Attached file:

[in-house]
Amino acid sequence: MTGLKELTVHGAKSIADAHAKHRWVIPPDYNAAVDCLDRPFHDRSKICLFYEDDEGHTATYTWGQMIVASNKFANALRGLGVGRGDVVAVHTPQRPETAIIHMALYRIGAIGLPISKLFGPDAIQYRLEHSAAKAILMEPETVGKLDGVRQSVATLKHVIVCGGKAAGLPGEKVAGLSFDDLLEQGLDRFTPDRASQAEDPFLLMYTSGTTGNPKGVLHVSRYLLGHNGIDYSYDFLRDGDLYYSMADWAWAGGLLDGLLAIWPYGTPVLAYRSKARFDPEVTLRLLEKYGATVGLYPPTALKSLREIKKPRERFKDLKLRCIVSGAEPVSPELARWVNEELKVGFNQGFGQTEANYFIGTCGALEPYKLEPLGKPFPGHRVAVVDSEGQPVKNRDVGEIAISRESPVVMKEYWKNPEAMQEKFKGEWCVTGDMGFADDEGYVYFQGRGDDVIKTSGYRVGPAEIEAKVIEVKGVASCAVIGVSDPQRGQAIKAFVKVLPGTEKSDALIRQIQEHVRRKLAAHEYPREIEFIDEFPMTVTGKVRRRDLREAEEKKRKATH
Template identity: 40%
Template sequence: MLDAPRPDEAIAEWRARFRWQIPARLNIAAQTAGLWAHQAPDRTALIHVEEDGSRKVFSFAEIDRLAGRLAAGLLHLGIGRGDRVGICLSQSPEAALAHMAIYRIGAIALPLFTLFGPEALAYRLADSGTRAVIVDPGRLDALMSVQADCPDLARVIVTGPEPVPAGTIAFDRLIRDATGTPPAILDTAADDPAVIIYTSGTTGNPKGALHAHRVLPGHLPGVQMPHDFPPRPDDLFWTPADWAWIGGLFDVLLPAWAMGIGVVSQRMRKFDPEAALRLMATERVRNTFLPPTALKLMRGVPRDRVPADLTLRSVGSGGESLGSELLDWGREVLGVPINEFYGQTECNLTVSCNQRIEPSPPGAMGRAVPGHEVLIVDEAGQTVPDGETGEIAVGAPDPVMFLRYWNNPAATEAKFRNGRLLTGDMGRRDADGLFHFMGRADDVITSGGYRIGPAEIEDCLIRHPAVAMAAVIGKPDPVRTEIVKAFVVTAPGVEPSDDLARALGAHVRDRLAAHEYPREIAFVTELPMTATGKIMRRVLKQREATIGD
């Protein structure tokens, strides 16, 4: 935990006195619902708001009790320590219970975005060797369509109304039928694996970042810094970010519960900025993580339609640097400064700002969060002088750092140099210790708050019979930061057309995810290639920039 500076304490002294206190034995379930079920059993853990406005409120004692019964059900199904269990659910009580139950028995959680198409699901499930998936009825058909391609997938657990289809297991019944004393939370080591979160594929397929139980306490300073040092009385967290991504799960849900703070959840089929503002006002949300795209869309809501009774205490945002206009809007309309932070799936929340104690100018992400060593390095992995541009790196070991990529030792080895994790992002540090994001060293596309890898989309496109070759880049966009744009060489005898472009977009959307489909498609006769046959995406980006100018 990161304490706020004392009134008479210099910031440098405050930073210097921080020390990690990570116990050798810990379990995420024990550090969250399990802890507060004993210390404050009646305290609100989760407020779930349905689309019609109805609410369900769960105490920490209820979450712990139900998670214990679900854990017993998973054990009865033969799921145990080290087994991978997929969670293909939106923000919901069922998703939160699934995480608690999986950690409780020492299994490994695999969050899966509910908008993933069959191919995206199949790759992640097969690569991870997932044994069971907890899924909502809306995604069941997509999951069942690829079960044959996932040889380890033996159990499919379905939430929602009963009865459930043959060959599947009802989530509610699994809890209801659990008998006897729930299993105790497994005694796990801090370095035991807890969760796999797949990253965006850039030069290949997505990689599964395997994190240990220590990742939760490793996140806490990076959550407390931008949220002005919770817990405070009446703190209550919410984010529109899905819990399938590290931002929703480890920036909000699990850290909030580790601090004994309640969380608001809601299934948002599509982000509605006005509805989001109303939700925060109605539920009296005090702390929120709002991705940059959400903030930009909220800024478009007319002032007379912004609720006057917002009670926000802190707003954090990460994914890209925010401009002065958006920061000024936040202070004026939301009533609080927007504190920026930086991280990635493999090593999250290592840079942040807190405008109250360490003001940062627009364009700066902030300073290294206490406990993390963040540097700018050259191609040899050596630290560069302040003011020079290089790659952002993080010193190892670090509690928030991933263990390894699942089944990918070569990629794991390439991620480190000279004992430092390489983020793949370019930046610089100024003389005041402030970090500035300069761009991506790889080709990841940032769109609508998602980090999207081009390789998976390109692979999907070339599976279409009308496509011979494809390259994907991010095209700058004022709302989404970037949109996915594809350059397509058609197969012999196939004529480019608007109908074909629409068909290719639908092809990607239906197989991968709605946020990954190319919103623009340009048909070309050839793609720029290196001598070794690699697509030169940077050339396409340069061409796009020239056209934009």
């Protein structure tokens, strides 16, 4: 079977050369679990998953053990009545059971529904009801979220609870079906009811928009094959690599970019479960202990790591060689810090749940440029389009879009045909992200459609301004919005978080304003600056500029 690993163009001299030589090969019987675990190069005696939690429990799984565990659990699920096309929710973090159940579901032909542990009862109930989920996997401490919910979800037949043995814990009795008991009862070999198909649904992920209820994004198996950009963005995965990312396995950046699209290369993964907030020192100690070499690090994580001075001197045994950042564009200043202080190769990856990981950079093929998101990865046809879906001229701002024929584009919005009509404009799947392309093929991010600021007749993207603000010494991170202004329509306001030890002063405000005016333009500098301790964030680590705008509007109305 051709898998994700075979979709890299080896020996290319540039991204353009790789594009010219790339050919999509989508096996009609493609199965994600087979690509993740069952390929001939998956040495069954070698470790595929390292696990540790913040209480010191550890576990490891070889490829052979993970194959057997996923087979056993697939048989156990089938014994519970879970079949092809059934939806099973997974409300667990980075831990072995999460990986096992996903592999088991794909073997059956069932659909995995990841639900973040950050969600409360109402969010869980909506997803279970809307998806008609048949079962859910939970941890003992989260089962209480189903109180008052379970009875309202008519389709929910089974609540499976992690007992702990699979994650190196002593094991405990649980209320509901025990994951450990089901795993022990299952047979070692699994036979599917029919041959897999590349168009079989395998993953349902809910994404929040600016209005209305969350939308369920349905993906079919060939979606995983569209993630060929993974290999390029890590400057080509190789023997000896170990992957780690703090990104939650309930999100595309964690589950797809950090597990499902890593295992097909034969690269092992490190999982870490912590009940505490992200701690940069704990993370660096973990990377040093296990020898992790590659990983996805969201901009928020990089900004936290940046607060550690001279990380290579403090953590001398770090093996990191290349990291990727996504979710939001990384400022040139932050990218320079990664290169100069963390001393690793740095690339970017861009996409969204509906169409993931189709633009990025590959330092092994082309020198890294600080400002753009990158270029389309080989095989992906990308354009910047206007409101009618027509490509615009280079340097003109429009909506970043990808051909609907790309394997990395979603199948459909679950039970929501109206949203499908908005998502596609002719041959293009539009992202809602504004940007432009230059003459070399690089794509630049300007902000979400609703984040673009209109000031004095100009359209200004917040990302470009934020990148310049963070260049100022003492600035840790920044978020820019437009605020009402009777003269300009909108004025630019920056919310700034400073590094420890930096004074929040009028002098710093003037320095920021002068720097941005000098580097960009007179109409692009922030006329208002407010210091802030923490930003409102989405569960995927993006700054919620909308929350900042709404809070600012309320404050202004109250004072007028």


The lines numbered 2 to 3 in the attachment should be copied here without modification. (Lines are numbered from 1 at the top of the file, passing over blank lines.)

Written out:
Amino acid sequence: MTGLKELTVHGAKSIADAHAKHRWVIPPDYNAAVDCLDRPFHDRSKICLFYEDDEGHTATYTWGQMIVASNKFANALRGLGVGRGDVVAVHTPQRPETAIIHMALYRIGAIGLPISKLFGPDAIQYRLEHSAAKAILMEPETVGKLDGVRQSVATLKHVIVCGGKAAGLPGEKVAGLSFDDLLEQGLDRFTPDRASQAEDPFLLMYTSGTTGNPKGVLHVSRYLLGHNGIDYSYDFLRDGDLYYSMADWAWAGGLLDGLLAIWPYGTPVLAYRSKARFDPEVTLRLLEKYGATVGLYPPTALKSLREIKKPRERFKDLKLRCIVSGAEPVSPELARWVNEELKVGFNQGFGQTEANYFIGTCGALEPYKLEPLGKPFPGHRVAVVDSEGQPVKNRDVGEIAISRESPVVMKEYWKNPEAMQEKFKGEWCVTGDMGFADDEGYVYFQGRGDDVIKTSGYRVGPAEIEAKVIEVKGVASCAVIGVSDPQRGQAIKAFVKVLPGTEKSDALIRQIQEHVRRKLAAHEYPREIEFIDEFPMTVTGKVRRRDLREAEEKKRKATH
Template identity: 40%